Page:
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Big Oil bets on a dash for gas

Employees close a valve of a pipe at a PetroChina refinery in Lanzhou, Gansu province.
Stringer | Reuters
Employees close a valve of a pipe at a PetroChina refinery in Lanzhou, Gansu province.

It took eight weeks for the world's largest floating gas production vessel to be hauled by tugboats from a South Korean shipyard to the spot almost 500km off the north-west coast of Australia where it was moored last month.

For the next 25 years this red-hulled Goliath — the length of four football pitches and nine-times the weight of the UK's new aircraft carrier when fully loaded — will harvest gas from subsea wells and convert it into super-cooled liquefied natural gas. Tankers will visit the ship once a week to offload its LNG for export.

The $14bn Prelude project, led by Royal Dutch Shell, is the latest in a surge of new LNG capacity which promises to reshape the oil and gas industry — and with it, the energy markets they serve. Chevron's Wheatstone LNG development in Australia is due to start producing this month, on the heels of its nearby Gorgon project last year, after a combined $88bn of investment. ExxonMobil, BP, Total and Eni have also made big commitments.

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Supplies of LNG are on course to increase by 50 per cent between 2014 and 2021. That implies the opening of a new LNG "train" — the facilities that condense gas into liquid form to allow it to be transported long distances by ship — every two to three months. Spencer Dale, chief economist at BP, calls that a "quite astonishing" rate of growth.

The investments are part of a wider dash for gas among the biggest energy companies, as the industry bets that the clean characteristics of gas compared with oil and coal will allow it to keep growing as other fossil fuels decline.

Gas emits half as much carbon dioxide as coal when burnt to generate electricity, and at least 75 per cent less nitrogen oxide and other health-harming particles. This makes gas a potential ally in the fights against climate change and air pollution, while providing a hedge for industry against the threat of electric vehicles eroding demand for oil.

Companies that once treated gas as the poor relation to "black gold" are now gambling that the colourless commodity can help secure their future in a decarbonising world. Of the 16 new BP projects due on stream between this year and 2021, 12 involve gas rather than oil. Similar shifts are under way across the industry. Gas outweighs oil by a factor of two-to-one among pre-development resources awaiting investment decisions, according to Wood Mackenzie, the energy consultancy.

"In the past, when you struck gas rather than oil in this industry you were disappointed, but now we go looking for it," says Claudio Descalzi, chief executive of Eni, the Italian group due to bring the huge Zohr gasfield off the coast of Egypt on stream by the end of this year.

The gamble on gas rests in large part on the sector's ability to squeeze coal out of the global energy system and compete with the rise of wind and solar power.

"Renewables will dominate in the long run but during the transition, and maybe even at the end of it, there will need to be a stable source of electricity that can step in when wind and solar are not available," says Maarten Wetselaar, head of Shell's gas business. "I'm absolutely convinced that gas will provide that role."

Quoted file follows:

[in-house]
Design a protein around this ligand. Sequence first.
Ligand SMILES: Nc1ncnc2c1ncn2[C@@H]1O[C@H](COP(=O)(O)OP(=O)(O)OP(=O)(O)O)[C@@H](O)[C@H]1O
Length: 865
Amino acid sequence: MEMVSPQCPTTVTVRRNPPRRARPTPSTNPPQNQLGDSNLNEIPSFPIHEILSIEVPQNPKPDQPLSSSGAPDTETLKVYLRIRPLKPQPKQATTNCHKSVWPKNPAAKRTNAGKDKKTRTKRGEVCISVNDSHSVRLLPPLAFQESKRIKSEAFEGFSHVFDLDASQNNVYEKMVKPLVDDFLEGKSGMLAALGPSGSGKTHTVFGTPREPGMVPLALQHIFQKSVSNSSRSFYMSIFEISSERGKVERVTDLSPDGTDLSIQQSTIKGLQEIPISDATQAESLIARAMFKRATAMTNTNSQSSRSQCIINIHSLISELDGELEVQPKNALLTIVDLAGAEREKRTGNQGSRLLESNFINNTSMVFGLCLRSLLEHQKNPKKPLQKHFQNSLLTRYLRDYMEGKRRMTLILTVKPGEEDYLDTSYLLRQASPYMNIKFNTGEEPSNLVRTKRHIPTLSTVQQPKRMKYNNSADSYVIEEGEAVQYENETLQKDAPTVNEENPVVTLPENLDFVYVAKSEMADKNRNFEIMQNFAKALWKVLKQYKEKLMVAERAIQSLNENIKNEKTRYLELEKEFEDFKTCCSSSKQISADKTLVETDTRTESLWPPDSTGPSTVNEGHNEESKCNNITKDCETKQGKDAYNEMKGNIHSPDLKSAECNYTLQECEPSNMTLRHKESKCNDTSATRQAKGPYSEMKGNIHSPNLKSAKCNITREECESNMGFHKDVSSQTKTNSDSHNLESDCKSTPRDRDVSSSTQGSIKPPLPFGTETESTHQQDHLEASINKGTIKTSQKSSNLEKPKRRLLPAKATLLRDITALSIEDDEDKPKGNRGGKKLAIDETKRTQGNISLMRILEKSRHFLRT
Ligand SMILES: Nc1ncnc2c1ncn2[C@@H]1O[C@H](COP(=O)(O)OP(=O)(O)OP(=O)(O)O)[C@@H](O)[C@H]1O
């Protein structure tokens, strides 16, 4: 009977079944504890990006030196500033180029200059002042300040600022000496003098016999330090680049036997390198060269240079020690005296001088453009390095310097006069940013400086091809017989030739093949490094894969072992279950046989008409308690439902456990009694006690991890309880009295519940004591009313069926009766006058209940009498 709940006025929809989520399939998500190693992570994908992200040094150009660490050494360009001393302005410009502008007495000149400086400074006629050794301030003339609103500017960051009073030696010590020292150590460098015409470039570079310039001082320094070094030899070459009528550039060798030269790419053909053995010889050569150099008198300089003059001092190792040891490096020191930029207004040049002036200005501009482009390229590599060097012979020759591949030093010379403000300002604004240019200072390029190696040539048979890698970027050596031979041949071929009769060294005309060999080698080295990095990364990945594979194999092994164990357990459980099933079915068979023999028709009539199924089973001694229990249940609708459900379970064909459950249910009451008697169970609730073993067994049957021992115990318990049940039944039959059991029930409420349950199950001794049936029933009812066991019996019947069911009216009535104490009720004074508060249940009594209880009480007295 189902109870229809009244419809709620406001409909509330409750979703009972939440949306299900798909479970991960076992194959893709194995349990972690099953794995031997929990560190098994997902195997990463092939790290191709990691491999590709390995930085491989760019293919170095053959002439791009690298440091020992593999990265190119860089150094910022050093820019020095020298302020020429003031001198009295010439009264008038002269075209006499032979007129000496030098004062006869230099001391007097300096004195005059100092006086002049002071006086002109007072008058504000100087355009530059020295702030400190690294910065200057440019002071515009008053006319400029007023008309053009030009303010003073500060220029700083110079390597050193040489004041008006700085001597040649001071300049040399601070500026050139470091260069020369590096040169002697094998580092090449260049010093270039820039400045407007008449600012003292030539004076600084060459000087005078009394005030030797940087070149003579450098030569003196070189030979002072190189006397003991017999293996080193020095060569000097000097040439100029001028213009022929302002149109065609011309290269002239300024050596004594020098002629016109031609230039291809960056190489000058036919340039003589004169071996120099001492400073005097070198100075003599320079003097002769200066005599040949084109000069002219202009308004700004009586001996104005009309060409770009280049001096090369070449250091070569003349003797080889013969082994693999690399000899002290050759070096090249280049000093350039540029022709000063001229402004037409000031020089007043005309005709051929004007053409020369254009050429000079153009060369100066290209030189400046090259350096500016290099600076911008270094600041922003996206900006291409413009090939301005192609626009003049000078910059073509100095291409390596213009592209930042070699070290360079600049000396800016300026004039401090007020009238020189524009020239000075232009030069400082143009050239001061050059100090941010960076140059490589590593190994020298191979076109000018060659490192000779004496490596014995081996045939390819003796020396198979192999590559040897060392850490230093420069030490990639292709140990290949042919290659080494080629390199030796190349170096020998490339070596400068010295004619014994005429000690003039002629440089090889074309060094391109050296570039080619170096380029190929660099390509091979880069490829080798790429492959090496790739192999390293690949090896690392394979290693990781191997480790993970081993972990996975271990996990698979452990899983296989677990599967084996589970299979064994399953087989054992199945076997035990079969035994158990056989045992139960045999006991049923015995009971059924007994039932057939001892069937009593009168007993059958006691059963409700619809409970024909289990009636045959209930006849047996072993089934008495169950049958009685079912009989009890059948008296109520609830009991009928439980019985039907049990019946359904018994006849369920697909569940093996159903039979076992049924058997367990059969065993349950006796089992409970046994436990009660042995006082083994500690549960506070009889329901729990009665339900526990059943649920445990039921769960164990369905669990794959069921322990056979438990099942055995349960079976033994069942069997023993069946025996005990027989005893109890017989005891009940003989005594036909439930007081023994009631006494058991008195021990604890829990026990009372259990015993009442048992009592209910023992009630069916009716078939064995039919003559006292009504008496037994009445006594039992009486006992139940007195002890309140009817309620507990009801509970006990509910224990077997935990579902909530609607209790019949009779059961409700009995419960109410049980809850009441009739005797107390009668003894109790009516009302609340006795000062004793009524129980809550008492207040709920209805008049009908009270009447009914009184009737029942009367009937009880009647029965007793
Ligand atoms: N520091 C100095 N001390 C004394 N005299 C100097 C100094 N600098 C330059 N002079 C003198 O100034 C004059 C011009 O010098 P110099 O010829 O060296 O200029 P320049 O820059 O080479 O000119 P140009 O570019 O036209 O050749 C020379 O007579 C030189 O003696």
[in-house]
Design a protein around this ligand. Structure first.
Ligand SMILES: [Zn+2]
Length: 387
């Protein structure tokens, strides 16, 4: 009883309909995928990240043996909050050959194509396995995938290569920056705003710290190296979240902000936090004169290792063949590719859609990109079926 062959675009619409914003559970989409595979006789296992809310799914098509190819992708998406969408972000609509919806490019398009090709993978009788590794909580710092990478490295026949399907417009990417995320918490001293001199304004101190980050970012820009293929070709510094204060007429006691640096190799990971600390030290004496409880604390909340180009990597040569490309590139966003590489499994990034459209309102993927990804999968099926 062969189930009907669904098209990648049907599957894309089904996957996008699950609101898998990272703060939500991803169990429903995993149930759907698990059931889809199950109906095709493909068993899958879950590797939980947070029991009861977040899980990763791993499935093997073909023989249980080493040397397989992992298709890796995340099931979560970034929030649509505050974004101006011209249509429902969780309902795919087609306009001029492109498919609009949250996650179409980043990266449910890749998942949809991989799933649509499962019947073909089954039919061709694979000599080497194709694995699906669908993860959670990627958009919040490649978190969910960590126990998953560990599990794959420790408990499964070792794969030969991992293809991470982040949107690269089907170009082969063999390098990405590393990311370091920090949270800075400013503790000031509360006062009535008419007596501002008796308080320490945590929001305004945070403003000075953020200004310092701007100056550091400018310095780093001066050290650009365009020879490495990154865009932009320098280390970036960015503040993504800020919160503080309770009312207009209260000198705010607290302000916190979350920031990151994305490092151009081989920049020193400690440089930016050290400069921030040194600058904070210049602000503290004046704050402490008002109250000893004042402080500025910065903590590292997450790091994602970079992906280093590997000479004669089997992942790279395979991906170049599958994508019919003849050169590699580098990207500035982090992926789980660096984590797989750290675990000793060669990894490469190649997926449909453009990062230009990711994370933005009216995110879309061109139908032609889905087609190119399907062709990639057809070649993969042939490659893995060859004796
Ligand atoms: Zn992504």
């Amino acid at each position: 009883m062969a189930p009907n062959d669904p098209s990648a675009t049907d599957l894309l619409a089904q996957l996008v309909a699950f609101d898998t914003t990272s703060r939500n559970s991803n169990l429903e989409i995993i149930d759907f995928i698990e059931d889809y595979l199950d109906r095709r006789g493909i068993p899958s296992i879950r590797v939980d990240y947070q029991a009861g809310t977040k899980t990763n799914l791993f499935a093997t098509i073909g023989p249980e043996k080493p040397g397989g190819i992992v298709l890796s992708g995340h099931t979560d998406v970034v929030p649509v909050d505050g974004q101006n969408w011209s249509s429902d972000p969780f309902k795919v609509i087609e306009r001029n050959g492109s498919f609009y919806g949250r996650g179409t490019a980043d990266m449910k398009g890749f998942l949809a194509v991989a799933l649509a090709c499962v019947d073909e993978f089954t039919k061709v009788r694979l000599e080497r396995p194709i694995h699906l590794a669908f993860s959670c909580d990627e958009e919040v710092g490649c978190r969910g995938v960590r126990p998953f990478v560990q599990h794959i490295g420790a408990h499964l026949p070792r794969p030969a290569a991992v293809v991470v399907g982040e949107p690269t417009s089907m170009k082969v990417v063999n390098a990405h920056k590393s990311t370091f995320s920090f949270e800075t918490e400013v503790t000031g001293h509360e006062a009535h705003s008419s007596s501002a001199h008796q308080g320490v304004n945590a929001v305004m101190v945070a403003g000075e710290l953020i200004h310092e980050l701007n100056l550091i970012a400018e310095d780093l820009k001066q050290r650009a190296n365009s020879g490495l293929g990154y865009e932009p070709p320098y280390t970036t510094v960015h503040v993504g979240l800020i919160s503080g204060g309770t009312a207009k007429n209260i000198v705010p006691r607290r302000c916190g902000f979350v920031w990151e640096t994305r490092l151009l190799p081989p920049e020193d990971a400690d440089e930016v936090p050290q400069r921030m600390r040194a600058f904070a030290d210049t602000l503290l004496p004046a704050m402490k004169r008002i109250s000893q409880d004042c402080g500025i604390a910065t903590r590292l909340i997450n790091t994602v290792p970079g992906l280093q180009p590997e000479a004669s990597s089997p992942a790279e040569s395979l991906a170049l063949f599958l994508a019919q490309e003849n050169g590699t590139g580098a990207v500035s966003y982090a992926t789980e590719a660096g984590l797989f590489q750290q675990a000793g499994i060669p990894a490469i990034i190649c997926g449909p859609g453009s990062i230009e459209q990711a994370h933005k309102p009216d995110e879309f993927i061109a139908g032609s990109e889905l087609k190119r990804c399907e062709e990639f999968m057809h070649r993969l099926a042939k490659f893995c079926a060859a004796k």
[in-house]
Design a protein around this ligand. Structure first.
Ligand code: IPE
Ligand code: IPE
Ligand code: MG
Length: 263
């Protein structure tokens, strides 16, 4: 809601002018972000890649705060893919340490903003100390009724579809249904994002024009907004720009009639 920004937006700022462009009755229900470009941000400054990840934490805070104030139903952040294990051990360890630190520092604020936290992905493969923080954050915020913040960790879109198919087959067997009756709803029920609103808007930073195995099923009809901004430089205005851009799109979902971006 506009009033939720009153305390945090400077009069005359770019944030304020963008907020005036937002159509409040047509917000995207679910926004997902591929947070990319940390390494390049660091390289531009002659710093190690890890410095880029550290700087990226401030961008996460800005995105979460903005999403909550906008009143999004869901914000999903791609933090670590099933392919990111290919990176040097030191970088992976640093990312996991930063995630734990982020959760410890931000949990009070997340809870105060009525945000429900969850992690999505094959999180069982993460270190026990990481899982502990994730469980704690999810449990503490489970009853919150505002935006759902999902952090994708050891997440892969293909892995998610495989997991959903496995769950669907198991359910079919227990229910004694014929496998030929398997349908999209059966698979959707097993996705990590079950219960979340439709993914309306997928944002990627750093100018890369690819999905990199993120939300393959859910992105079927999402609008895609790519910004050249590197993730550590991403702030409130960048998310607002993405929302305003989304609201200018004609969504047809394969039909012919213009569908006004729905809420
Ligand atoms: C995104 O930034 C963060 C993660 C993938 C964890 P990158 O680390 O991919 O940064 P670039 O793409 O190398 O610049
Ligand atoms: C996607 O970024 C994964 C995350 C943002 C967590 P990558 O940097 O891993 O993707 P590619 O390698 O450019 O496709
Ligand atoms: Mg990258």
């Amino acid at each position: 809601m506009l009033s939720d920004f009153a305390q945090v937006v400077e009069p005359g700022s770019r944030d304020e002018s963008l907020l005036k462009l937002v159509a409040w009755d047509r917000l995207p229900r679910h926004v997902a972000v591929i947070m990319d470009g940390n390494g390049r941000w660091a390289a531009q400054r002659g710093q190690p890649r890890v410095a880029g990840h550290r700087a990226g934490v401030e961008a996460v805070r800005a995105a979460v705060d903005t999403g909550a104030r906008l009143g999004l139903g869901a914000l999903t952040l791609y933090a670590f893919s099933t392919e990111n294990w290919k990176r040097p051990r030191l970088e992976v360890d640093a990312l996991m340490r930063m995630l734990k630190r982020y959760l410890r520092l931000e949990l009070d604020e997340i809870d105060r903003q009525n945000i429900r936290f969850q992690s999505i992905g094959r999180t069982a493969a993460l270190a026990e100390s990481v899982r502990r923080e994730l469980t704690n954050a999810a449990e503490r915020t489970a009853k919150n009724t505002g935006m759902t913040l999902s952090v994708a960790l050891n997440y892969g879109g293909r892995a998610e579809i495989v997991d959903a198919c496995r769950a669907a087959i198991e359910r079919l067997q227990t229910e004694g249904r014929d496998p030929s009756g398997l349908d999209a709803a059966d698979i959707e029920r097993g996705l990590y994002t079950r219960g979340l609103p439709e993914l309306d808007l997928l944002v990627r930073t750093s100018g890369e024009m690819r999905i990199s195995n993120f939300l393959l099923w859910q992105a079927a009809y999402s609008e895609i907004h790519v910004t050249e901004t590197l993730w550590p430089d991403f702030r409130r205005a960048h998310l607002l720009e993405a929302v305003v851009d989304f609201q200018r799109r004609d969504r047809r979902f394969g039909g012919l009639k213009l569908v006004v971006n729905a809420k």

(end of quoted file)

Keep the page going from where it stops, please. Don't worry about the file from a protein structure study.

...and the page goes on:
Nowhere is more important to the prospects of gas than Asia. China and India alone are expected to account for half of the 30 per cent increase in global energy demand forecast by BP between now and 2035. Coal still accounts for about 60 per cent of electricity generation in China and India, but rising concern about smog — as well as both countries' commitments under the Paris climate accord — is creating an opening for gas. China aims to increase the share of gas in its total energy consumption from 6 per cent to 15 per cent by 2030. There are signs of growth: Chinese LNG imports increased 38 per cent in the first half of this year, compared with the same period in 2016.

"We'll not squeeze out coal overnight, but air pollution is becoming a political problem in China," says Mr Wetselaar. "The priority has been jobs and cheap electricity but, when you cannot go outside for 30 days because of smog, environmental factors count for more."

The need for regulatory help in driving out coal explains why all the big oil groups support the taxation of carbon emissions — a measure, so far only sporadically adopted around the world, which makes coal more expensive relative to gas. But producers are not relying solely on political intervention to stimulate demand. They are also finding ways to deliver gas more economically. Floating storage and regasification units, or FSRUs — ships which can receive LNG and convert it back into gas — have sprung up on coastlines around the world as a low-cost alternative to building permanent onshore terminals.

The number of countries importing LNG has almost doubled in the past decade to 35, in large part because FSRUs have made it affordable in places such as Pakistan, Jordan and Colombia. "It used to take four years and $500m to build an LNG-receiving terminal. Now you can have an FSRU floating off your country 18 months after taking the decision," says Mr Wetselaar.

France's Total is leading a consortium building an FSRU and associated gas pipelines in Ivory Coast, an example of producers investing in downstream infrastructure to open new markets.